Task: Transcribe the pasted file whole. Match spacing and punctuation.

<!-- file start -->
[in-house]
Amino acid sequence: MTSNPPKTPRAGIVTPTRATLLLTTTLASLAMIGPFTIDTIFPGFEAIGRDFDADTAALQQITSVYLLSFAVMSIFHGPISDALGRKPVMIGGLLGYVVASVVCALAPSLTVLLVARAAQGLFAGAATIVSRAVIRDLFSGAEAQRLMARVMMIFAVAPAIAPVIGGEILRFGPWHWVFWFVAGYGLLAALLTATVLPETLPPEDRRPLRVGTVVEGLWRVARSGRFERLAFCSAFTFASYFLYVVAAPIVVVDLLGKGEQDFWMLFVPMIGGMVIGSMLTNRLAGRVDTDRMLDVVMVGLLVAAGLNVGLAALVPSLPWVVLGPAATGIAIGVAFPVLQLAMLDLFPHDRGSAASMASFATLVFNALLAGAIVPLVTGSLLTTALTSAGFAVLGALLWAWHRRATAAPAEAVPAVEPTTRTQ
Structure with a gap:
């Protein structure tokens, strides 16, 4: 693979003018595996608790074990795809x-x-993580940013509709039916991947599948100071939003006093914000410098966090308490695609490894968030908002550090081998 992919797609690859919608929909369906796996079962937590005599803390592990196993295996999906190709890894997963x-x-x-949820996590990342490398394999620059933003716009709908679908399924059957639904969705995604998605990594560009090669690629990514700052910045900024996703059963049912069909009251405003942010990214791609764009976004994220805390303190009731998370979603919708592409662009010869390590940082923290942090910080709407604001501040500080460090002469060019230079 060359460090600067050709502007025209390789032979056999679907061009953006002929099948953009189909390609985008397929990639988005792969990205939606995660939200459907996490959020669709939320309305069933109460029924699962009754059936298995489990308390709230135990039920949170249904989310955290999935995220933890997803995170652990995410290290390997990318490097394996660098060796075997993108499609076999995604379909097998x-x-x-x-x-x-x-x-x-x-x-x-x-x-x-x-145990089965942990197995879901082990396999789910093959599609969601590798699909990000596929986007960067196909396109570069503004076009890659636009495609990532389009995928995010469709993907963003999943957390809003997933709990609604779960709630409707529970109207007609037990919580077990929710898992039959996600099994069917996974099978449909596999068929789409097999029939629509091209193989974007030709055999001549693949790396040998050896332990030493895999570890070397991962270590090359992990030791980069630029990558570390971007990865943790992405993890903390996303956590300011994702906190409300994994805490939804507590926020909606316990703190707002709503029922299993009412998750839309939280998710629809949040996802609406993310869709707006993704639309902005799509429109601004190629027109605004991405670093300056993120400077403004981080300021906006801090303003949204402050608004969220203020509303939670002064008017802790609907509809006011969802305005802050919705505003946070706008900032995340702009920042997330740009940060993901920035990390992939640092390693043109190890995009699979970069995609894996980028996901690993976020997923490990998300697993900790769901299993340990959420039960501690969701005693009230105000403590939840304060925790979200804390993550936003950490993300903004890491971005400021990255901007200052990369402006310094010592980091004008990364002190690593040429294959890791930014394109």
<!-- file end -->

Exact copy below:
[in-house]
Amino acid sequence: MTSNPPKTPRAGIVTPTRATLLLTTTLASLAMIGPFTIDTIFPGFEAIGRDFDADTAALQQITSVYLLSFAVMSIFHGPISDALGRKPVMIGGLLGYVVASVVCALAPSLTVLLVARAAQGLFAGAATIVSRAVIRDLFSGAEAQRLMARVMMIFAVAPAIAPVIGGEILRFGPWHWVFWFVAGYGLLAALLTATVLPETLPPEDRRPLRVGTVVEGLWRVARSGRFERLAFCSAFTFASYFLYVVAAPIVVVDLLGKGEQDFWMLFVPMIGGMVIGSMLTNRLAGRVDTDRMLDVVMVGLLVAAGLNVGLAALVPSLPWVVLGPAATGIAIGVAFPVLQLAMLDLFPHDRGSAASMASFATLVFNALLAGAIVPLVTGSLLTTALTSAGFAVLGALLWAWHRRATAAPAEAVPAVEPTTRTQ
Structure with a gap:
């Protein structure tokens, strides 16, 4: 693979003018595996608790074990795809x-x-993580940013509709039916991947599948100071939003006093914000410098966090308490695609490894968030908002550090081998 992919797609690859919608929909369906796996079962937590005599803390592990196993295996999906190709890894997963x-x-x-949820996590990342490398394999620059933003716009709908679908399924059957639904969705995604998605990594560009090669690629990514700052910045900024996703059963049912069909009251405003942010990214791609764009976004994220805390303190009731998370979603919708592409662009010869390590940082923290942090910080709407604001501040500080460090002469060019230079 060359460090600067050709502007025209390789032979056999679907061009953006002929099948953009189909390609985008397929990639988005792969990205939606995660939200459907996490959020669709939320309305069933109460029924699962009754059936298995489990308390709230135990039920949170249904989310955290999935995220933890997803995170652990995410290290390997990318490097394996660098060796075997993108499609076999995604379909097998x-x-x-x-x-x-x-x-x-x-x-x-x-x-x-x-145990089965942990197995879901082990396999789910093959599609969601590798699909990000596929986007960067196909396109570069503004076009890659636009495609990532389009995928995010469709993907963003999943957390809003997933709990609604779960709630409707529970109207007609037990919580077990929710898992039959996600099994069917996974099978449909596999068929789409097999029939629509091209193989974007030709055999001549693949790396040998050896332990030493895999570890070397991962270590090359992990030791980069630029990558570390971007990865943790992405993890903390996303956590300011994702906190409300994994805490939804507590926020909606316990703190707002709503029922299993009412998750839309939280998710629809949040996802609406993310869709707006993704639309902005799509429109601004190629027109605004991405670093300056993120400077403004981080300021906006801090303003949204402050608004969220203020509303939670002064008017802790609907509809006011969802305005802050919705505003946070706008900032995340702009920042997330740009940060993901920035990390992939640092390693043109190890995009699979970069995609894996980028996901690993976020997923490990998300697993900790769901299993340990959420039960501690969701005693009230105000403590939840304060925790979200804390993550936003950490993300903004890491971005400021990255901007200052990369402006310094010592980091004008990364002190690593040429294959890791930014394109």